PET scan

Doctor looking at scan pictures on a computer screen

PET scan stands for positron emission tomography. A PET scan combines an injection of radiotracer (radioactive sugar) and a CT scan. The PET scan uses the radiotracer to show up parts of the body where cells are more active than normal. It can give your doctor more information about where the cancer is and if the cancer has spread to other tissues and organs. 

Before the test

You may be asked not to eat and to drink only plain unflavoured water for a few hours before the test. You may be asked to avoid sugar or caffeine for a time too. You may also be asked to avoid strenuous exercise the day before and the morning of the scan.

You will have an injection of radioactive sugar into your veins, usually in your arm. You will have to wait for around an hour for the sugar to travel around your body. You might like to bring earphones so you can listen to music while you’re waiting.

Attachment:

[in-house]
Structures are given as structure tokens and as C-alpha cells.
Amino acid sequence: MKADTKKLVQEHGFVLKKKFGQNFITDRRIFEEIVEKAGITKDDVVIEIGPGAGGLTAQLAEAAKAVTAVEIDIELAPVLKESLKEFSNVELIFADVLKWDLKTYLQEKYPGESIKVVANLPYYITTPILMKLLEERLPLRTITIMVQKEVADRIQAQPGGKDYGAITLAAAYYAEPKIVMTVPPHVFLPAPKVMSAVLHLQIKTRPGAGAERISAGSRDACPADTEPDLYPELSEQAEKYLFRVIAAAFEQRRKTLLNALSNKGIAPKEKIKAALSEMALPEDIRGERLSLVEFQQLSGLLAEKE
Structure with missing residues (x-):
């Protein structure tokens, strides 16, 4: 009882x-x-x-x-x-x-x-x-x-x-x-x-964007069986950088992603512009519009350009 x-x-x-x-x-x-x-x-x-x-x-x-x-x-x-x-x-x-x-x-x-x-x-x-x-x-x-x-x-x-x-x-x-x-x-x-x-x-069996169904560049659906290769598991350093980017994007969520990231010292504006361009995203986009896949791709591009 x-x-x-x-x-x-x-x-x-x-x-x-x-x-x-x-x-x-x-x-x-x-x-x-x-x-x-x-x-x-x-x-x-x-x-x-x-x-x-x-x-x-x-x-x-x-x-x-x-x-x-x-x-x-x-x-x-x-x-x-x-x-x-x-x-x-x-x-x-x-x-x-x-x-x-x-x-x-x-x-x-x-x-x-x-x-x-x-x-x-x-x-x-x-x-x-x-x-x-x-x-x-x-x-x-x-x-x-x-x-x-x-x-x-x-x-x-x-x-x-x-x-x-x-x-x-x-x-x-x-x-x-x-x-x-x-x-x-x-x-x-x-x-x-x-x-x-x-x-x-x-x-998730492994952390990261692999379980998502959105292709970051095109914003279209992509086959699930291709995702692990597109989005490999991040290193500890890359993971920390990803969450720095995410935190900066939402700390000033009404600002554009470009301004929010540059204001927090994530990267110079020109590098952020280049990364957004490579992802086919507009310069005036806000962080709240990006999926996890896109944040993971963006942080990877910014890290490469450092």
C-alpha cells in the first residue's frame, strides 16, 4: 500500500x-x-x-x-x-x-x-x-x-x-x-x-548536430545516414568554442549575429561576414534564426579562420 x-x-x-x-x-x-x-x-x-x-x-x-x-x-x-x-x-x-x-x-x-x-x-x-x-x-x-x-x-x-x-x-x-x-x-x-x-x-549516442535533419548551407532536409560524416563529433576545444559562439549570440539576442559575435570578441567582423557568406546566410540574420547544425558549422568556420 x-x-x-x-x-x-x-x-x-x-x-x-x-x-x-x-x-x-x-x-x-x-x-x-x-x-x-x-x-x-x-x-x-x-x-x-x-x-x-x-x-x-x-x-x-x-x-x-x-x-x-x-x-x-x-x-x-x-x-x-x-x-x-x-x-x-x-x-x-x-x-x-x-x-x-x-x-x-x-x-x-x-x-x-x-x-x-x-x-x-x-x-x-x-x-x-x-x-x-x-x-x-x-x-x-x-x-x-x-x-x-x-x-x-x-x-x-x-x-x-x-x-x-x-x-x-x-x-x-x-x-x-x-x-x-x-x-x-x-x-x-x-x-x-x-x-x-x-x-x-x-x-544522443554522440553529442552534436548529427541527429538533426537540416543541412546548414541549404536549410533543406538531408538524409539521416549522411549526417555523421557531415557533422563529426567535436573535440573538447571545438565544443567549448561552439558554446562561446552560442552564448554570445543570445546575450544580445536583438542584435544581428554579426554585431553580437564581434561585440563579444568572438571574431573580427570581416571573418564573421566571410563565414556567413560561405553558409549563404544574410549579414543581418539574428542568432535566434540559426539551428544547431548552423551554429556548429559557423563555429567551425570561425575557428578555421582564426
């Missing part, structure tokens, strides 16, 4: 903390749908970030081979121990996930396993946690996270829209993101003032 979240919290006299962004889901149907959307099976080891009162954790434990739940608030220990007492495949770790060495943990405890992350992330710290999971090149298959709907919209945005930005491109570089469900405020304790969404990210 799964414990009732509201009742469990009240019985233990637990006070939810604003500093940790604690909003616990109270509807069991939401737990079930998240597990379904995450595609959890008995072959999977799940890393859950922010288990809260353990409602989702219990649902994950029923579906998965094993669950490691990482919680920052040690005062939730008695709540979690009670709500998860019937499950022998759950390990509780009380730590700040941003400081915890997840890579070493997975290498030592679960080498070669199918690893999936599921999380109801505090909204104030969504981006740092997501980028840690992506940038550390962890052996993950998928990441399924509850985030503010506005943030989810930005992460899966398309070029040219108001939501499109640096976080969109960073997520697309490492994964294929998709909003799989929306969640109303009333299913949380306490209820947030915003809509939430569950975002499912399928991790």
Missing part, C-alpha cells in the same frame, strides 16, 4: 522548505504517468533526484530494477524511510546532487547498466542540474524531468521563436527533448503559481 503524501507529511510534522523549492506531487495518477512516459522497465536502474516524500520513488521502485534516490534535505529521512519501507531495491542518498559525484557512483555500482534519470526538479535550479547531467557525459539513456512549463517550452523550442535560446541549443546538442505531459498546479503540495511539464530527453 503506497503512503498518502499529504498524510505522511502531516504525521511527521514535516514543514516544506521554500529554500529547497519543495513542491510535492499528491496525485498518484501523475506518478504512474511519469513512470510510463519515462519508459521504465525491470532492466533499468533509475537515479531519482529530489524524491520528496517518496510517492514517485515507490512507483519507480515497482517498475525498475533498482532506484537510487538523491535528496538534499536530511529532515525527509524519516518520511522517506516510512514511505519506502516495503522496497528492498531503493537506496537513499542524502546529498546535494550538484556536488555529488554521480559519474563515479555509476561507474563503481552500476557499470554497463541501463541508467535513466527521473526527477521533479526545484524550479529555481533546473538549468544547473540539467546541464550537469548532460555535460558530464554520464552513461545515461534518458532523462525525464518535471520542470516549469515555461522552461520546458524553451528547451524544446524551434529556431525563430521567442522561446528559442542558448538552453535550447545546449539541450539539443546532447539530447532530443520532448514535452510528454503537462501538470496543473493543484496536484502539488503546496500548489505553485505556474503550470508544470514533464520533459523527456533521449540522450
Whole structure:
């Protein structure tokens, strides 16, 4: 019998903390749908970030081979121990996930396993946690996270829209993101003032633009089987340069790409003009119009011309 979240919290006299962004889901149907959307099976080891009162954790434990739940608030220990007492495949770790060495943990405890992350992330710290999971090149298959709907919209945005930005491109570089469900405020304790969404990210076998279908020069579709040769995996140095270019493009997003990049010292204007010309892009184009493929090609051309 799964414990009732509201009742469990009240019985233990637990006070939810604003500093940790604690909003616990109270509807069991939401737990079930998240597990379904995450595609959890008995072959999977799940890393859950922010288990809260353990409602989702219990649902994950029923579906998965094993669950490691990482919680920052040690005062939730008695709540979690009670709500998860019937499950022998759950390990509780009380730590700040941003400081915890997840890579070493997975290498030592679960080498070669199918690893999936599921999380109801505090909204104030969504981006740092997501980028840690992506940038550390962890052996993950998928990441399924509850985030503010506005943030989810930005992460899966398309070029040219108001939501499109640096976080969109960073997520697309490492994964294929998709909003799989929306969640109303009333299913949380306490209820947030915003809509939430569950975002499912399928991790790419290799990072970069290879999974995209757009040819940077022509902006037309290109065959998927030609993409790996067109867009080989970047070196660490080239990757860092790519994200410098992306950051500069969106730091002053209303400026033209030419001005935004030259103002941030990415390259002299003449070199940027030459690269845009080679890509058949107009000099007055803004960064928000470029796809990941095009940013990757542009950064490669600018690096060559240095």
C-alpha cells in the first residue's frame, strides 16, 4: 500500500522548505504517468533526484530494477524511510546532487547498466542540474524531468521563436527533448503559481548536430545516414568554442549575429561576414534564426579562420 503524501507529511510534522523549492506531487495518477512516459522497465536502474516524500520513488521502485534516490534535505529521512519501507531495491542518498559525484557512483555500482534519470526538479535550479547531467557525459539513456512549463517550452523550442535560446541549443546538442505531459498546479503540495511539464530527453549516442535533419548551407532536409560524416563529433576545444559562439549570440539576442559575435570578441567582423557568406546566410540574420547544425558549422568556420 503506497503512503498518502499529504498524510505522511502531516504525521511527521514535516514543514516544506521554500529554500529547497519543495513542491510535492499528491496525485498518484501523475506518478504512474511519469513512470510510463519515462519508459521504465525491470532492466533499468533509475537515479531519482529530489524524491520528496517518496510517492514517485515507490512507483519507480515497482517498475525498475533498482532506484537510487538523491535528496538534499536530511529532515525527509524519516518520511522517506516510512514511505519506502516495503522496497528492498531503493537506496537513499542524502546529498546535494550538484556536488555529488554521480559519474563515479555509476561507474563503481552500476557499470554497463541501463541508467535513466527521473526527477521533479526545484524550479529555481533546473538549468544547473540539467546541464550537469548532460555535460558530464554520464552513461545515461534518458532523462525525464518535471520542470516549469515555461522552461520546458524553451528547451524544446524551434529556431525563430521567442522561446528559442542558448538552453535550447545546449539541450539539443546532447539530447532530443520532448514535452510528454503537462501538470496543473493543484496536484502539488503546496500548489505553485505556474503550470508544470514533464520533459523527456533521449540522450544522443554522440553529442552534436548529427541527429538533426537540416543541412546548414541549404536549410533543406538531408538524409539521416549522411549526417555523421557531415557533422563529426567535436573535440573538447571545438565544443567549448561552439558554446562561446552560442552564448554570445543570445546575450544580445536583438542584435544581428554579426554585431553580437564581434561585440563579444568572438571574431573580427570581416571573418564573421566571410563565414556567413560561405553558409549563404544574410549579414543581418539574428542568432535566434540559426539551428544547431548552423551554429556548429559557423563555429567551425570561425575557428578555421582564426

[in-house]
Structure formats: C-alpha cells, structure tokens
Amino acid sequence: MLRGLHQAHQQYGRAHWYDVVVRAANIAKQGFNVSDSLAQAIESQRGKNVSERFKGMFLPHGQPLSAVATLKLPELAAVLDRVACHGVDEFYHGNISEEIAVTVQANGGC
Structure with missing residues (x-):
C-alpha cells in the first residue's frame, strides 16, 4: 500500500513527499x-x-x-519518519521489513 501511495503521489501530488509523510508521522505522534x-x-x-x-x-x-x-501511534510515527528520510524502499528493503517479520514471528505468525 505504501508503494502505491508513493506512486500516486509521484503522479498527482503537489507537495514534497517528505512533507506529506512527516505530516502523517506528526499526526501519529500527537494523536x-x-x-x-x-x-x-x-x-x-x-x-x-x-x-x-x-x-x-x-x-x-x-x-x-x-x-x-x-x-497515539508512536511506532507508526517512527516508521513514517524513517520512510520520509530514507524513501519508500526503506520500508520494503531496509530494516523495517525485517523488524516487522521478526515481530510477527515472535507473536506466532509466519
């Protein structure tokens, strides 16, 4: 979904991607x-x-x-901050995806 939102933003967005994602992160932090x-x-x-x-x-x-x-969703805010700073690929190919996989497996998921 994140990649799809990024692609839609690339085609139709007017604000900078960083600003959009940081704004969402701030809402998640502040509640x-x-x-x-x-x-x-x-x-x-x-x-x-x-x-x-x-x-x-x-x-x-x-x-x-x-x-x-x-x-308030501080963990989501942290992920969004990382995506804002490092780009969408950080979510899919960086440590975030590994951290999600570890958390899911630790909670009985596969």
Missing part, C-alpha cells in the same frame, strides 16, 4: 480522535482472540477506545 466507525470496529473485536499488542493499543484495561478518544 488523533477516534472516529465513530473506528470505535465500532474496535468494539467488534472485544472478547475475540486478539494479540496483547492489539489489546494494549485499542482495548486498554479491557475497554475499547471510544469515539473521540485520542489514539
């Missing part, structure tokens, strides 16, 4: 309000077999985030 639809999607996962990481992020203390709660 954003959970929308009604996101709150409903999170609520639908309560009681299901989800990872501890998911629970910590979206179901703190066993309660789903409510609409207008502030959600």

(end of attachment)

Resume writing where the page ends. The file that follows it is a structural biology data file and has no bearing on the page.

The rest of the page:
During the test

About an hour after the injection, you will have a scan. You will lie on a table which moves through a scanning ring. You will be asked to stay still during the scan. The radioactive sugar shows up where the cancer cells are, so your doctor can see if the cancer has spread to other tissues and organs.

How long does it take?

After the injection you will have to wait about an hour before having the scan, to let the radioactive sugar spread through your body. The scan itself usually lasts between 20 minutes and an hour.

Are there risks / side-effects?

You will be slightly radioactive after the PET scan, so it is best not to have close contact with pregnant women, babies or young children for a few hours after the scan. Drink plenty of fluids and empty your bladder regularly after the scan. This can help flush the radiotracer from your body.

PET scan video

Cancer Research UK has a very helpful video on this.

For more information

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